I haven't seen much talk about this, but it's the fortieth anniversary of one of the most brutal, grueling, and inspiring matches of all time - Muhammad Ali vs Joe Frazier III, the Thrilla in Manila.
Art for this one done by the great Gian Galang.
I'm only really sharing the historical pieces I'm really proud of atm, so any feedack is very much appreciated!
The Lost Round: The Thrilla in Manila, Forty Years On
As publicity stunts go, George Foreman fighting five men in one night was among the greatest failures in boxing history. As Foreman stood swinging at his fourth opponent, desperately trying to deliver the heart stopping knockout that fans had paid to see, but which had so far been absent, Muhammad Ali sat at ringside, hollering the same mantra he had through each fight that night.
'Hit the ropes! Hit the ropes!'
The same rope-a-dope which had carried Ali to victory over Foreman and allowed him to regain the world heavyweight title was now allowing nobodies—chosen to fall down in front of Foreman—to outlast the most severe puncher in the heavyweight division. As Foreman's fourth 'victim', Charlie Polite covered himself along the ropes and deflected every meaningful shot Foreman loaded up, Muhammad Ali commented to Howard Cossell:
'He's using my method... This guy is a good fighter.'
To which Cossell, reviewing Polite's record, announced to the world on a live broadcast:
'I disagree, champ. Charlie Polite is not a good fighter.'
But that was the genius of Muhammad Ali. He could find a way to win a fight he had no business being in. Cassius Clay had been one of the most talented heavyweights the world had ever seen, he had blistering speed and the ability to keep it up into the late rounds. That is, before his three year exile from boxing. When Muhammad Ali returned to the ring, he was slower, heavier, and though he could still dance, he had no hopes of keeping it up with such effortless grace for twelve or fifteen rounds.
In his later days, Ali was a study in ringcraft and savvy. He would box and dance for a round, and then hold in clinches for the entirety of the next. If he needed a knockout, he could summon the power to knock a man out. If he needed points, he'd clip off flurries at the end of rounds to win over the judges. If he got hit, he'd shake his head and have the fans almost believing that he let the blow land deliberately, just to show that he could wear it with no bother.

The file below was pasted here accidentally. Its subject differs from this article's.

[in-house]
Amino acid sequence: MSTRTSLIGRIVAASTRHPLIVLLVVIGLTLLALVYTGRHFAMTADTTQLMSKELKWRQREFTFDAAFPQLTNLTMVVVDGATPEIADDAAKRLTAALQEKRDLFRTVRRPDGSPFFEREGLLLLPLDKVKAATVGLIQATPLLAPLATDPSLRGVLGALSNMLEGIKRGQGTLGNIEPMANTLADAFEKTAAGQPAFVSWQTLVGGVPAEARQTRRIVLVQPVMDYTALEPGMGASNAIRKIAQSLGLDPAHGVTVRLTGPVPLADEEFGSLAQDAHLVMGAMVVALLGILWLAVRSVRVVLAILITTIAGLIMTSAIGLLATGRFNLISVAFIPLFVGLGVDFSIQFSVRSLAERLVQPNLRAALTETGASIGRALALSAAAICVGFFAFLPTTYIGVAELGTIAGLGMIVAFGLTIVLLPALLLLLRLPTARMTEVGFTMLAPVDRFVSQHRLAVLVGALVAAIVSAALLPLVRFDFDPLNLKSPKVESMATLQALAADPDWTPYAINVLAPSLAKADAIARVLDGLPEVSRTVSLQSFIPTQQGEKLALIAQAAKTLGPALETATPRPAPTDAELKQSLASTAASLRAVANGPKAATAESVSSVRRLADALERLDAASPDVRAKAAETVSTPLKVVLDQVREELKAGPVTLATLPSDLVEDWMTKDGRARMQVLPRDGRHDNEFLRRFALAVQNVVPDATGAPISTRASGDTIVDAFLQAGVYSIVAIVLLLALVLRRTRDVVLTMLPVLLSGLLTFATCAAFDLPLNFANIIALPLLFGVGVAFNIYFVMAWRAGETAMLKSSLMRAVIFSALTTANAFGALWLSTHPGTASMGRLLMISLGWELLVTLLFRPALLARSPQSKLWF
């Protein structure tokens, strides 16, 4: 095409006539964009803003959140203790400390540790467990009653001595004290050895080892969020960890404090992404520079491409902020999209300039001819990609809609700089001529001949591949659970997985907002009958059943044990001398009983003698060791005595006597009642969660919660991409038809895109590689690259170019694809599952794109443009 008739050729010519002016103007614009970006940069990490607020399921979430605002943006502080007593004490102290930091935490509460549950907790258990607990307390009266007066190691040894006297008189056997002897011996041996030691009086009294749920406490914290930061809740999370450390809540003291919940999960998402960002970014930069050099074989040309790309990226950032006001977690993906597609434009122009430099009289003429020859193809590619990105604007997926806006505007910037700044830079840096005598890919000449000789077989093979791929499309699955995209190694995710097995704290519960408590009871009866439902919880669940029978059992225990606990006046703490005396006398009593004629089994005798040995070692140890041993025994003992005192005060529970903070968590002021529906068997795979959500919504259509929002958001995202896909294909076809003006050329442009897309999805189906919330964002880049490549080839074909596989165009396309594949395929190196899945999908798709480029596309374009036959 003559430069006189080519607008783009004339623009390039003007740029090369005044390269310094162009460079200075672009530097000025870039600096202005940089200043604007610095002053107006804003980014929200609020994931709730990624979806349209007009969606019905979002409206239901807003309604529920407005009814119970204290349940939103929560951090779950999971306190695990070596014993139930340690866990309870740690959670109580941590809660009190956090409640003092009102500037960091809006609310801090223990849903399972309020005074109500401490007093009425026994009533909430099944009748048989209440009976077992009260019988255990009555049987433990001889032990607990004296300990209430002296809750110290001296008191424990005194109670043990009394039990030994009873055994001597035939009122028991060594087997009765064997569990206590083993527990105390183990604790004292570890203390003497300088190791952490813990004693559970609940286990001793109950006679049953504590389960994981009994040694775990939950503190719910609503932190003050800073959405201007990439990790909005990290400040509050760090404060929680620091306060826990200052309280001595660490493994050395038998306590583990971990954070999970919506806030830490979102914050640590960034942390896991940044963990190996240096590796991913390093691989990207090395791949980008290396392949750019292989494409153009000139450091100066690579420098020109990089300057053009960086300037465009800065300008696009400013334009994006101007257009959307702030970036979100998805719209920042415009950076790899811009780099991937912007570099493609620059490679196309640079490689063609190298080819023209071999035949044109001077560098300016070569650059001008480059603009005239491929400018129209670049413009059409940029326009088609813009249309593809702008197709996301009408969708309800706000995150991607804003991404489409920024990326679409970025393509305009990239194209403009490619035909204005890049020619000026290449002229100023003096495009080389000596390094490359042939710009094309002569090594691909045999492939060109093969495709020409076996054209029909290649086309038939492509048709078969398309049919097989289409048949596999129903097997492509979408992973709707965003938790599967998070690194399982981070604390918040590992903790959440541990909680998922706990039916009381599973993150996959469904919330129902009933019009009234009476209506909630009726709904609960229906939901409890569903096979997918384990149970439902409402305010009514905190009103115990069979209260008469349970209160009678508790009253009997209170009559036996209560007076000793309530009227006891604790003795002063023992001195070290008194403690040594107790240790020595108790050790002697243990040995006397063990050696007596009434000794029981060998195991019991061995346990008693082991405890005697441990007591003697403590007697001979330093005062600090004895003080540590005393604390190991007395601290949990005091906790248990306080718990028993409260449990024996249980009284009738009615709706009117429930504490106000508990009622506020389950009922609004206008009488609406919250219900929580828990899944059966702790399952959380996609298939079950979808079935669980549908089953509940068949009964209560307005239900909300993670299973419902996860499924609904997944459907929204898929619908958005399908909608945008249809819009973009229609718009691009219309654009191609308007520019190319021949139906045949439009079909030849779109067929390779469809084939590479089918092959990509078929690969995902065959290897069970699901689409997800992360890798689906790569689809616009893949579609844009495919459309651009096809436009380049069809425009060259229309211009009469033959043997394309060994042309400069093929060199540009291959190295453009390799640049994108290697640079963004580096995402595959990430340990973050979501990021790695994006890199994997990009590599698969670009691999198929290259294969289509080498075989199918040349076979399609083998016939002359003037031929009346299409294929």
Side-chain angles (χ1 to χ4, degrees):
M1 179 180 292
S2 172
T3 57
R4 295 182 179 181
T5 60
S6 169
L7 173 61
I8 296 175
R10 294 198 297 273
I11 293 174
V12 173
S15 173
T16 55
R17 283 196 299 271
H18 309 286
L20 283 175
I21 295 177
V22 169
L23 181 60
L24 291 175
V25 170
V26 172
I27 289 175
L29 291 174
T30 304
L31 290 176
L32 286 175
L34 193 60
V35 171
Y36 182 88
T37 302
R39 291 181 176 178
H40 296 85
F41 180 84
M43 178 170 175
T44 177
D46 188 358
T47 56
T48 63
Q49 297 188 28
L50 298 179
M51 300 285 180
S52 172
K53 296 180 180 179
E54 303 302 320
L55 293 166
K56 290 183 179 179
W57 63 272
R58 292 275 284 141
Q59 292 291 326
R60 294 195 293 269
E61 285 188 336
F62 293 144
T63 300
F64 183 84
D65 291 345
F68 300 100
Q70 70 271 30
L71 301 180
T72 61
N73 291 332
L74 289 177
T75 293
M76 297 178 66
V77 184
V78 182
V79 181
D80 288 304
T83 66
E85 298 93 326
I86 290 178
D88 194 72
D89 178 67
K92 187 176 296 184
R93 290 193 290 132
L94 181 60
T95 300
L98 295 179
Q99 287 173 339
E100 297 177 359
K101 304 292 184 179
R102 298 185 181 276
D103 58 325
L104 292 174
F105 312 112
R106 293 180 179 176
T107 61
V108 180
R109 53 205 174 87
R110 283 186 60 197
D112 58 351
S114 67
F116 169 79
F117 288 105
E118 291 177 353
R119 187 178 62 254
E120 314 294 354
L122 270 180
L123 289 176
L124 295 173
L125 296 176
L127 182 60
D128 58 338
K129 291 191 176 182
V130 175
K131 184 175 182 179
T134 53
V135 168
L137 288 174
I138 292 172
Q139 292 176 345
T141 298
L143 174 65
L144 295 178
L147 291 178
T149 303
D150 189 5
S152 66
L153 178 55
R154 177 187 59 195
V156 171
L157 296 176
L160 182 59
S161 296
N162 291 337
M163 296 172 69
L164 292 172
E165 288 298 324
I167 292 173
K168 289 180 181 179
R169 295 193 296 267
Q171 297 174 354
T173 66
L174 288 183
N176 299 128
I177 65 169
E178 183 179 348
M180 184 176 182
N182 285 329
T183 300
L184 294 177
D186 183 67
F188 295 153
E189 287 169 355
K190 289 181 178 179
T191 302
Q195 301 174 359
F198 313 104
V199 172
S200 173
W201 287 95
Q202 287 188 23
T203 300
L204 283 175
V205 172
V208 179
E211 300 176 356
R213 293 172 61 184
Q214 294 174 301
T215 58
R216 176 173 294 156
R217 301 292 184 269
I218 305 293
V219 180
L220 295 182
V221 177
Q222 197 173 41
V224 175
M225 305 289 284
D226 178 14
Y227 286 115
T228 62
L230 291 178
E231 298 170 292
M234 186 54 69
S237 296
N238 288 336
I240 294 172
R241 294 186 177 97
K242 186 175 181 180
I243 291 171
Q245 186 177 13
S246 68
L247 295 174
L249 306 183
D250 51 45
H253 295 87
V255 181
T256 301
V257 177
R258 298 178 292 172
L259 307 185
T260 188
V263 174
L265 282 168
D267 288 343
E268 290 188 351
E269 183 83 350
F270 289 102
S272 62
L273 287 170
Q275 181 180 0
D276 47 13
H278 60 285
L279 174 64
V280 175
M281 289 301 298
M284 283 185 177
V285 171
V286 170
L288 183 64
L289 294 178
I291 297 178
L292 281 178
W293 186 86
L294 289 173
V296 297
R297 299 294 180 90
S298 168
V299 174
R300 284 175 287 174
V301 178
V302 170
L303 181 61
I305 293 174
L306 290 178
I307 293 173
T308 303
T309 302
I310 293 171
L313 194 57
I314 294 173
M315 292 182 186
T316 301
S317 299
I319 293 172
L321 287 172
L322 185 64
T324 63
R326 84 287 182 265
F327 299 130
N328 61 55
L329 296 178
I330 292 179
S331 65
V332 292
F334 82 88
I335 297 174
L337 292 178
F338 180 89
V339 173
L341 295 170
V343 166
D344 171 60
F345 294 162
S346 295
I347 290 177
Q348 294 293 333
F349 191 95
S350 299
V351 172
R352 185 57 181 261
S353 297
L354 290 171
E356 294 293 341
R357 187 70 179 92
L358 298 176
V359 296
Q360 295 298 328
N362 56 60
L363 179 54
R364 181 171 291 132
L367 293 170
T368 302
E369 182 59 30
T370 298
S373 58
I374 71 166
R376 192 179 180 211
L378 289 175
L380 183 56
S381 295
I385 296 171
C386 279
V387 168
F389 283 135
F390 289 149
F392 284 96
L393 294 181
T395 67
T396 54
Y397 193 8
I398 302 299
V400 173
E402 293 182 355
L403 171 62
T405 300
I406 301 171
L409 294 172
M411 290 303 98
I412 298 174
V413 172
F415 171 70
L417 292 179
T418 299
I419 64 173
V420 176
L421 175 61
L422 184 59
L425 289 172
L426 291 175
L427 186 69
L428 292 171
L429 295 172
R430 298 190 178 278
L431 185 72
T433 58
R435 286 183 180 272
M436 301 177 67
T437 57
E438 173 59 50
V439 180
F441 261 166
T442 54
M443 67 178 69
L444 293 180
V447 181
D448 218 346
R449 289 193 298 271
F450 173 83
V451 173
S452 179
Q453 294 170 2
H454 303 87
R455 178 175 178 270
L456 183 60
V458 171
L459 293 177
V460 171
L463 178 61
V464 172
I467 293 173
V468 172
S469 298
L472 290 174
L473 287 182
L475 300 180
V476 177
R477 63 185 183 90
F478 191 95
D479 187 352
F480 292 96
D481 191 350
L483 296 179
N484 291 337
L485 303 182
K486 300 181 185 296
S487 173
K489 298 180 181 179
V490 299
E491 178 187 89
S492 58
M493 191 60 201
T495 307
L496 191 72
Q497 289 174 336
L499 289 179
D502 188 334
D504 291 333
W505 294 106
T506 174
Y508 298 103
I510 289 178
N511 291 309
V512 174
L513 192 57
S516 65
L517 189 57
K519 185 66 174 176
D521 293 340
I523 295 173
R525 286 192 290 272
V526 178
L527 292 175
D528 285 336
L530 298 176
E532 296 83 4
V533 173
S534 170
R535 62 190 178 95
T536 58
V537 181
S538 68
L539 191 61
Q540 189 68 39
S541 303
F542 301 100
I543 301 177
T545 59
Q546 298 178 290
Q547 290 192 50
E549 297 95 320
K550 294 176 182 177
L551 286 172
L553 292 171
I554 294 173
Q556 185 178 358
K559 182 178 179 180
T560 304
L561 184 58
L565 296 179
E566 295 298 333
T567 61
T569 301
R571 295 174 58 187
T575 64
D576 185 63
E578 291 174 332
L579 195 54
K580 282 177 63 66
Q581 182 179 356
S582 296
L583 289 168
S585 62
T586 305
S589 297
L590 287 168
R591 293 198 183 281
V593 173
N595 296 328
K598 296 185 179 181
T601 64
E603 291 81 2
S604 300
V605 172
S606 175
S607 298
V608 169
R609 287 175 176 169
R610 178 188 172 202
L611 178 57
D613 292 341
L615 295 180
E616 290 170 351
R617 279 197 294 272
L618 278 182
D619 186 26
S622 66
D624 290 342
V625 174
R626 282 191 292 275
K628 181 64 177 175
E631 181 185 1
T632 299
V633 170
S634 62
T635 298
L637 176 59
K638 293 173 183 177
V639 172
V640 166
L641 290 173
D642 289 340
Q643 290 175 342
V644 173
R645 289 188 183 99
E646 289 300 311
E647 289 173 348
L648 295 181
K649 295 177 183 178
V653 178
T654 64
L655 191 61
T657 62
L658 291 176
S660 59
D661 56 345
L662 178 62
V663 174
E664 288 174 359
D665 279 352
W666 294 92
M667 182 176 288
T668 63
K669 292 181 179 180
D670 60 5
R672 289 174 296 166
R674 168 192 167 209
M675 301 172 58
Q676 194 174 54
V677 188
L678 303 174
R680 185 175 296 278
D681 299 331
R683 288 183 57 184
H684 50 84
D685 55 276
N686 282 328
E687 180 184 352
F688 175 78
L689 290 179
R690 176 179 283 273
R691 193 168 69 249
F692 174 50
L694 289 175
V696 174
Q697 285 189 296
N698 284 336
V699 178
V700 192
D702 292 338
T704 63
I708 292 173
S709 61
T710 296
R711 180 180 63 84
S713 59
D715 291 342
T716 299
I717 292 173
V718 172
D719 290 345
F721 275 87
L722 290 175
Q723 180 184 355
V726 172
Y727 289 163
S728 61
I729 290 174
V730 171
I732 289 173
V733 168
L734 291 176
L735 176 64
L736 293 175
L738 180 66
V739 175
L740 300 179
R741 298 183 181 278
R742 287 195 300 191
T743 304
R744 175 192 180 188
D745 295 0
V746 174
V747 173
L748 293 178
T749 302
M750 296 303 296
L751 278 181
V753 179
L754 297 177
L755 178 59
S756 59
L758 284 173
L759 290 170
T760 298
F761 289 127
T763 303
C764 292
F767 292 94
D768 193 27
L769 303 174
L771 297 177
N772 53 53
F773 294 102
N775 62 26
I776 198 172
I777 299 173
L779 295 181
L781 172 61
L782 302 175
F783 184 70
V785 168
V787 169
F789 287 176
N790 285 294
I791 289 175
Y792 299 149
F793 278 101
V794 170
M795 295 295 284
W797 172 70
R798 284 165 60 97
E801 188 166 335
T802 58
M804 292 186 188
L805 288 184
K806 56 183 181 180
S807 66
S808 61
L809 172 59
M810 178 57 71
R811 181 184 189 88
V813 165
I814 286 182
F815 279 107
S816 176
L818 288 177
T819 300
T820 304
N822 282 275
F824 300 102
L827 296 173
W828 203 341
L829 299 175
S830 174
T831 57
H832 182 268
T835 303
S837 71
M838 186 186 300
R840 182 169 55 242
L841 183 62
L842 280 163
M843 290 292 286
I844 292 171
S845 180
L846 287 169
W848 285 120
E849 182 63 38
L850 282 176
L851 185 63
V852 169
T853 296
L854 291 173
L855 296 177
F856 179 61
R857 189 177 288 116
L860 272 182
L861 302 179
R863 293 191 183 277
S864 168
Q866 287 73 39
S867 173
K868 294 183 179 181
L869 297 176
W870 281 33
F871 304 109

When Ali met Foreman for the world heavyweight title in 1974, it seemed as though Foreman were an unbeatable challenger for any boxer, let alone the slowing Muhammad Ali. Ali couldn't out punch Foreman, and it became almost immediately apparent that Foreman's ring cutting was too sharp for Ali's lateral movement. An outfight was off the cards, so Ali hit the ropes. After eight rounds of receiving Foreman's wide, swinging blows against his arms and gloves, Ali pirouetted turned off of the ropes and sent Foreman pirouetting to the canvas with a right hand to reclaim the heavyweight belt.
But the people were getting wise to Ali's game. Following Foreman, the champ took a fight with the unknown Chuck Wepner—a fight so undeserved and pointless that it inspired Sylvester Stallone's Rocky—and managed to get dragged down to the challenger's level. Following that, Ron Lyle boxed Ali up for the better part of eleven rounds, before Ali summoned a right hand to reel Lyle and poured on blows for a stoppage. There was no doubt, Ali was slipping.
After a victory over Joe Bugner in Malaysia, Ali signed a bout with Joe Frazier. The news failed to resonate with the public. It was their third meeting, and both were far past their primes but Frazier had certainly suffered the harder fall, losing to Foreman in 1973 and Ali in 1974. Fans had no idea that Ali and Frazier's third meeting would be the last great fight in either man. Certainly, no one expected one of the most brutal and dramatic fights in the history of the sport.